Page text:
So the ranch owner, armed with a case, a case containing 40 sticks of paper shuck 1.1 Lb., approximately 1 inch in diameter and 10 inch long sticks of Hercules Powder Company’s best, and a 100 ft. coil of “match light” fuse, never mentions what he’s about to do,,,and rapidly heads back to Barrel Springs. He’s either seen dynamite shot or maybe even knows how to shoot it, he inserts the fuses and crams as many sticks of powder as can fit in the tight cracks that are seeping really nice, mother earth filtered water, lights the fuses, jumps in his Suburban and rapidly drives down the road towards Valentine, around and behind the shielding protective point of a sheltering hillside,,, and a few seconds later there results a KABOOM,,,BOOM BOOM BOOM,,, so said the neighboring ranch family later.

After the blasts are over, ranch owner returns to the scene and notices several rocks scattered across the pavement, but nothing really bad enough to impeded traffic. Ranch owner feels his efforts a success as no flowing water is in evidence from THE Barrel Spring(s). Ranch owner drives down the canyon the one-half mile to his ranch headquarters house as it is lunchtime. He being from Baton Rouge, his house having had been decorated in the very finest of “southern style” by his very southern wife,,,, who is out in the front yard under the shade of a tree, shaking and crying and on the verge of being in a really bad, mad deeply disturbed mood. She hysterically screams “It was horrible !!!”. Ranch owner soon discovers there is no need to open the windows on the northside of the dwelling to ventilate the house as all the window glass is scattered shattered and splattered across the very southern decorated floor. Other damage incurred included all the windows on the east side and south side of the house, both downstairs and upstairs. The only consolation here was the southside windows were blown OUTSIDE the house as the blast wave from several 1.1 Lb sticks of nitro glycerin laden explosive had traversed thru the house also disturbing and rearranging the pristine order of 2 china and trinket cabinets and antique expensive hand cut glassware on the kitchen table.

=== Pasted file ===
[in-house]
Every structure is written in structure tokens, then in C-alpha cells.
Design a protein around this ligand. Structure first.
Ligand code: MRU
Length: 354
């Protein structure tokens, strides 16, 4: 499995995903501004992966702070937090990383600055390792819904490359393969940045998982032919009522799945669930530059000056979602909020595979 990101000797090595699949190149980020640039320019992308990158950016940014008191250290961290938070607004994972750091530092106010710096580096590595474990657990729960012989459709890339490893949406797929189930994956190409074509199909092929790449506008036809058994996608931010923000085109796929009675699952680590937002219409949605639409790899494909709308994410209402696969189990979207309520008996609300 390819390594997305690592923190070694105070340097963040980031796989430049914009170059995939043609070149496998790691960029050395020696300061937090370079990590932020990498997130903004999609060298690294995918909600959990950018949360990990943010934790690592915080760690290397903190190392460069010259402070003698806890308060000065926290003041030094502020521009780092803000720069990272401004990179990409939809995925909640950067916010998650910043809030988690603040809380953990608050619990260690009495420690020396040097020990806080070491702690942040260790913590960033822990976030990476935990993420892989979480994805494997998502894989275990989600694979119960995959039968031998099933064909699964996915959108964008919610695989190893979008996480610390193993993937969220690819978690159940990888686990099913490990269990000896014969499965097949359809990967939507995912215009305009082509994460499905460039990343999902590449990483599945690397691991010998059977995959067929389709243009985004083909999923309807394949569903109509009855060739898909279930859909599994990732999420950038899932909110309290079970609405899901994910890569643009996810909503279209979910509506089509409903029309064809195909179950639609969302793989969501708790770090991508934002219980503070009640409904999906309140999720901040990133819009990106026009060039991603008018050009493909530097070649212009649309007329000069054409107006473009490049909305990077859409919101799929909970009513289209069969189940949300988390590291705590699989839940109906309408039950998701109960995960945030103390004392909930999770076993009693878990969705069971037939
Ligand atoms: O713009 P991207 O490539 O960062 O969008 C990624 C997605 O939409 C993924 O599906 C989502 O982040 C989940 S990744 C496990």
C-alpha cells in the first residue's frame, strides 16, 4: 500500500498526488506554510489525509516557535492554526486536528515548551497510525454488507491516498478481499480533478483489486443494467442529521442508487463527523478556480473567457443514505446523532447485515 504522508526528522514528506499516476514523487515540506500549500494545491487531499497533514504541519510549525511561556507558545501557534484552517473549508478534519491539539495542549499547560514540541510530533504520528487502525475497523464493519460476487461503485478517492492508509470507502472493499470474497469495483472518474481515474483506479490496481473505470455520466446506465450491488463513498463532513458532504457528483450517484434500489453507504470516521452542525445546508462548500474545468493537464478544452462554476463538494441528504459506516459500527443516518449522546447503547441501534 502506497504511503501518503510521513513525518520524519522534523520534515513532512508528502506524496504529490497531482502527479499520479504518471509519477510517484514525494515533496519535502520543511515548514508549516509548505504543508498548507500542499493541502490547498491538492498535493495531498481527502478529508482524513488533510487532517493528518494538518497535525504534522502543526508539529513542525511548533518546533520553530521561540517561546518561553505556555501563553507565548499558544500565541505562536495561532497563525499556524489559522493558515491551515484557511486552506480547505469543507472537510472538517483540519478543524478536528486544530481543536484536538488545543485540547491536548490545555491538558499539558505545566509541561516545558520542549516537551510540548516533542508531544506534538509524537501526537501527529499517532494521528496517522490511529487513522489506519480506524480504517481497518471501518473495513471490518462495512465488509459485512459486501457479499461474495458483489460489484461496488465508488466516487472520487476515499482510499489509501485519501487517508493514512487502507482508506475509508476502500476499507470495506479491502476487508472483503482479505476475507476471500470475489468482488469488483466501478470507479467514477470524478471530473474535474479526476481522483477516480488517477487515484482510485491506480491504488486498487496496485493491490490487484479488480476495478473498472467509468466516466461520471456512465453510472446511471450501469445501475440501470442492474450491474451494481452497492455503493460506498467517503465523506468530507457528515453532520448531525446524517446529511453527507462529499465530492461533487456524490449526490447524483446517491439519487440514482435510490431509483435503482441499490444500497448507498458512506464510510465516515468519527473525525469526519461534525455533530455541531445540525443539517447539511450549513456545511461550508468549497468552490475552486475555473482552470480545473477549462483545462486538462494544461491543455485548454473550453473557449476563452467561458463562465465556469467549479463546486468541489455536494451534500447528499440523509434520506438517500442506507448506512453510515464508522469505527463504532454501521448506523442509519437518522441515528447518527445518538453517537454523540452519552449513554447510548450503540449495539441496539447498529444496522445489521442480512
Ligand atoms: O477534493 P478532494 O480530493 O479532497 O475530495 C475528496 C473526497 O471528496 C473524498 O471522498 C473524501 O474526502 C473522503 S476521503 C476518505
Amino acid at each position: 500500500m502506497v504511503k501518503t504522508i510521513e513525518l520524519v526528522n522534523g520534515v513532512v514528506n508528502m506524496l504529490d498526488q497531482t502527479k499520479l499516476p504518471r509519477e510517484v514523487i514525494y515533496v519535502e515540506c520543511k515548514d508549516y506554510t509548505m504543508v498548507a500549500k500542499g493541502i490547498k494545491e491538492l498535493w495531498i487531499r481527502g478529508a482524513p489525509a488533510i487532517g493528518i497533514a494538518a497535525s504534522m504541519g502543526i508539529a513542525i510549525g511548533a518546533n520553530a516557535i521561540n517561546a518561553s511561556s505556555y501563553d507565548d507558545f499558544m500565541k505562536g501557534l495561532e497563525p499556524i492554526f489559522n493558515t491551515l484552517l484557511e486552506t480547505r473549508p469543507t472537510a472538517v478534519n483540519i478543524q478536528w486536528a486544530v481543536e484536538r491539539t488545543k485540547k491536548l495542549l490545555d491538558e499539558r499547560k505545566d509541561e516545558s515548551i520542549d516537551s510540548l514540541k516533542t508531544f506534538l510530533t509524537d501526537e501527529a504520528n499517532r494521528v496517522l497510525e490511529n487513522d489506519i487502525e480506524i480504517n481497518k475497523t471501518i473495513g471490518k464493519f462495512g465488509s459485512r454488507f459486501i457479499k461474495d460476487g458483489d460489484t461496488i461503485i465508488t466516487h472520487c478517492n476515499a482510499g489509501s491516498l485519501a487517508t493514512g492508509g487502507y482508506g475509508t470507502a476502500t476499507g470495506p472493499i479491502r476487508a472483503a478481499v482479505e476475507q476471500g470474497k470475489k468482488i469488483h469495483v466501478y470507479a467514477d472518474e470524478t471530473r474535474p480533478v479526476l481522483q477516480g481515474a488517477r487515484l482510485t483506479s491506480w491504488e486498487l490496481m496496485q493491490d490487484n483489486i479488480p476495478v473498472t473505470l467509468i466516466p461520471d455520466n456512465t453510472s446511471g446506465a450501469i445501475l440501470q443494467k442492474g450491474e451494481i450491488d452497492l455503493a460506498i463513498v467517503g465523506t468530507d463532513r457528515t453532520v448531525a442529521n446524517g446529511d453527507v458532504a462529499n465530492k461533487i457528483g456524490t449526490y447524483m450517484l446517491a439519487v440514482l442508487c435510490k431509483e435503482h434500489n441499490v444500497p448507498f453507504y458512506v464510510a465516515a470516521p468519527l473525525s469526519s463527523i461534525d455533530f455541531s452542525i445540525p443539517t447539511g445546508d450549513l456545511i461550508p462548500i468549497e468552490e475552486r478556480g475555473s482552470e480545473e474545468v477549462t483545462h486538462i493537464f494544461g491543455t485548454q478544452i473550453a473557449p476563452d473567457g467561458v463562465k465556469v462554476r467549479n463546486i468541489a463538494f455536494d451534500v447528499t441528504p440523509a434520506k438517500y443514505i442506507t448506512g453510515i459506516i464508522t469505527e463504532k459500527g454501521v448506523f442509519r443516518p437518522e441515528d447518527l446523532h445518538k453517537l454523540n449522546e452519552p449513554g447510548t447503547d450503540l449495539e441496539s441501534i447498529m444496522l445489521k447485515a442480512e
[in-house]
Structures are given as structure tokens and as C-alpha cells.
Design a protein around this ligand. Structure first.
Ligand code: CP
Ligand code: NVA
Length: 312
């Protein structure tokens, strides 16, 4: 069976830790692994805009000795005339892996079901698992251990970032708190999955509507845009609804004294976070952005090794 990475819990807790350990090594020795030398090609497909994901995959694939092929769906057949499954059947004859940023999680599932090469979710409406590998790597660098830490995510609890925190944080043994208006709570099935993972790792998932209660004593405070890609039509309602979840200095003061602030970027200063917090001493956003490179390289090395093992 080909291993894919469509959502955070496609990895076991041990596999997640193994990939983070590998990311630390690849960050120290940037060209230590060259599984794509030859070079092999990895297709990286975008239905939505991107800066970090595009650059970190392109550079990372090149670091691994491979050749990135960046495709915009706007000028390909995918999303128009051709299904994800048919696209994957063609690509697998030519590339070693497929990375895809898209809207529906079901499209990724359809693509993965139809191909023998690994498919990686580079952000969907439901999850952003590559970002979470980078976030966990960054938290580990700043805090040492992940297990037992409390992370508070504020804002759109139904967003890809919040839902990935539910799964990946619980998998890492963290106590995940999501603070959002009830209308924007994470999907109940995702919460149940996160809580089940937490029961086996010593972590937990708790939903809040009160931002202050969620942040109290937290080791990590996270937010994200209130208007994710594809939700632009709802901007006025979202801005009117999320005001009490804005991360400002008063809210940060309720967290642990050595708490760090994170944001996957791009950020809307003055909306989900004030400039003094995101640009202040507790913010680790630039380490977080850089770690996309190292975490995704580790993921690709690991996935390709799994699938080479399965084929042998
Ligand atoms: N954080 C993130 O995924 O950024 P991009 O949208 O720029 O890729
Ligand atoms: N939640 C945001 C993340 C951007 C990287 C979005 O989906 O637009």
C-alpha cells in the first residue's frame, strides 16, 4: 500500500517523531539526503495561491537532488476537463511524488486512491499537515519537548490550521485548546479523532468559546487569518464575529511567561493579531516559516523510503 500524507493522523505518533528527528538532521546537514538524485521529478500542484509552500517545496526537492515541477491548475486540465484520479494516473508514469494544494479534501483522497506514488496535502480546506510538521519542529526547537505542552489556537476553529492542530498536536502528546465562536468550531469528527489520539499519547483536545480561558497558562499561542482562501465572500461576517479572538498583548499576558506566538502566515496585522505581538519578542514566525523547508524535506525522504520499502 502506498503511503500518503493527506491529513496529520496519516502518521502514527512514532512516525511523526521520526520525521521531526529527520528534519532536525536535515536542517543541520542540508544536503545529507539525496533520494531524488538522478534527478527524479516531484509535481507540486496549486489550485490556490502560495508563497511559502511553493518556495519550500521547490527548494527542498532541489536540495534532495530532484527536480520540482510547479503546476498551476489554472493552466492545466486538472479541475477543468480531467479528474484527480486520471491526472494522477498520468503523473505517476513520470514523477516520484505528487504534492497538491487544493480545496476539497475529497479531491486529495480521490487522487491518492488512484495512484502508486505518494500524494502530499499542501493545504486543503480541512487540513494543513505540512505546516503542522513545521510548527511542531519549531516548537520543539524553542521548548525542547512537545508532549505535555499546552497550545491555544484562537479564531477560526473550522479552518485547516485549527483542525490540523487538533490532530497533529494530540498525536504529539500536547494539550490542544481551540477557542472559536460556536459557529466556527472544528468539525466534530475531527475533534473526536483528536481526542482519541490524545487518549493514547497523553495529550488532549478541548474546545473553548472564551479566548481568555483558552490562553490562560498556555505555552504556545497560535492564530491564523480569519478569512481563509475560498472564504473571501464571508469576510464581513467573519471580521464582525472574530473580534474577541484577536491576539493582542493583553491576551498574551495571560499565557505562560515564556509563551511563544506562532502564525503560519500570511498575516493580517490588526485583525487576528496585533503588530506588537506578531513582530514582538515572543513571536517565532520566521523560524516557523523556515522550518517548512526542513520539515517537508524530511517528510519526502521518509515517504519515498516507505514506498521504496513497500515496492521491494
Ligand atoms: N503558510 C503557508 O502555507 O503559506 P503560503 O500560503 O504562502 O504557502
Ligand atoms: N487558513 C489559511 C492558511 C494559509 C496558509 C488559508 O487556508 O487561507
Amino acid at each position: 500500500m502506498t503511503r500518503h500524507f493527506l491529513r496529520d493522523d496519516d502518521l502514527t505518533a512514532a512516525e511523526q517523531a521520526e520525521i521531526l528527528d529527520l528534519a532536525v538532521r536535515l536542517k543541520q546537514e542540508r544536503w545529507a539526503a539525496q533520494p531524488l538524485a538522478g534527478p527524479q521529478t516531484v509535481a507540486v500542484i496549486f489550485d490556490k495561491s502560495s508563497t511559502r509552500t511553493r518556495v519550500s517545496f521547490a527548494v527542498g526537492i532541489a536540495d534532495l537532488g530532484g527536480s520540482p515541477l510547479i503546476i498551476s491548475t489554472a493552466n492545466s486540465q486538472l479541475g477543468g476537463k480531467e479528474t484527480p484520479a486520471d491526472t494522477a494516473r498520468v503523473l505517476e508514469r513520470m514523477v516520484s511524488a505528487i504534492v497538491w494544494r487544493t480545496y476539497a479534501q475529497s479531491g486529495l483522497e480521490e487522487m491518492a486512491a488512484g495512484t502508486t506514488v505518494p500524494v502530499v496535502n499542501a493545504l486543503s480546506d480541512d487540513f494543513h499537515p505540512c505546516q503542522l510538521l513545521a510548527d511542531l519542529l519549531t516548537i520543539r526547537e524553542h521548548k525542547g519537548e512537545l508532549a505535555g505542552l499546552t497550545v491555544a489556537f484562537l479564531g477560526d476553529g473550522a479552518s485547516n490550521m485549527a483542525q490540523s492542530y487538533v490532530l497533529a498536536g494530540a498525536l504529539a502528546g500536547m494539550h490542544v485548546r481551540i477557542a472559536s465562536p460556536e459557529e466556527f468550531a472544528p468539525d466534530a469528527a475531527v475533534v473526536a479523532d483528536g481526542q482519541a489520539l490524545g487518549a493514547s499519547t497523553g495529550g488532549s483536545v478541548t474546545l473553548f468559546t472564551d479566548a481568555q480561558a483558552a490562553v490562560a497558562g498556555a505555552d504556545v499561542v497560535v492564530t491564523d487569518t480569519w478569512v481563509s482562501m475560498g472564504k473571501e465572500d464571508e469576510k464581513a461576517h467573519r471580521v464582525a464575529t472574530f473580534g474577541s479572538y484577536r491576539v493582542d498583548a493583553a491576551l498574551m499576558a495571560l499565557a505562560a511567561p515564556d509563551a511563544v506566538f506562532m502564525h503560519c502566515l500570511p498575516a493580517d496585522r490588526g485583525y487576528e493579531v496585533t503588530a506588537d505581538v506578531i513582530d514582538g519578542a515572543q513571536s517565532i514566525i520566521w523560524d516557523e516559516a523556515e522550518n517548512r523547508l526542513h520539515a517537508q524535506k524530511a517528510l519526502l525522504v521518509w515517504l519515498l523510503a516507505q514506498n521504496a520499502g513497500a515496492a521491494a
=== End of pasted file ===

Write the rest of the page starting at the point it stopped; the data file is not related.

I was later informed the mood didn’t improve much when realizing that those specific windows, custom ordered windows, had to be imported from San Francisco or Portland or Phoenix to El Paso, Odessa and or Midland,,,,,, installation, materials, labor etc and mileage to be paid both ways to repair the result of a “fixed” problem. I think the ranch owner died and never considered a southwestern Texas desert ranch beyond his realm of comprehension. But by GADS, them cows were going to have figure out other places to water because Barrel Spring had literally been blasted to smithereens and reduced to a memory and a roadside marker.


1 comment

Richard Dunham

The ranch owner in this story was my Grandfather and I never heard anything about this event. I do remember Homer Ferguson pretty well and he was quite the huckster. I wouldn’t be surprised if this entire saga is from Homer’s very fertile imagination and an attempt to garner attention which as I recall he craved…Also, the Barrel Spring was about a mile from the ranch house and maybe more…with elevation changes, hills and outlying ranch structures and a barn between the springs and the house. That blast would have had to be a Hiroshima level explosion to have blown ranch house windows out….My Grandfather, who I loved, also had significant asthma and I never even saw him walk to the front gate of the ranch compound about 30 yards away. In a million years he wouldn’t have gone to the springs with multiple sticks of dynamite. He would have told Homer to dynamite the springs and probably would have gone for a ride on his mule “Killer.” The veracity of this story should probably be taken with a grain of salt or possibly a stick of dynamite…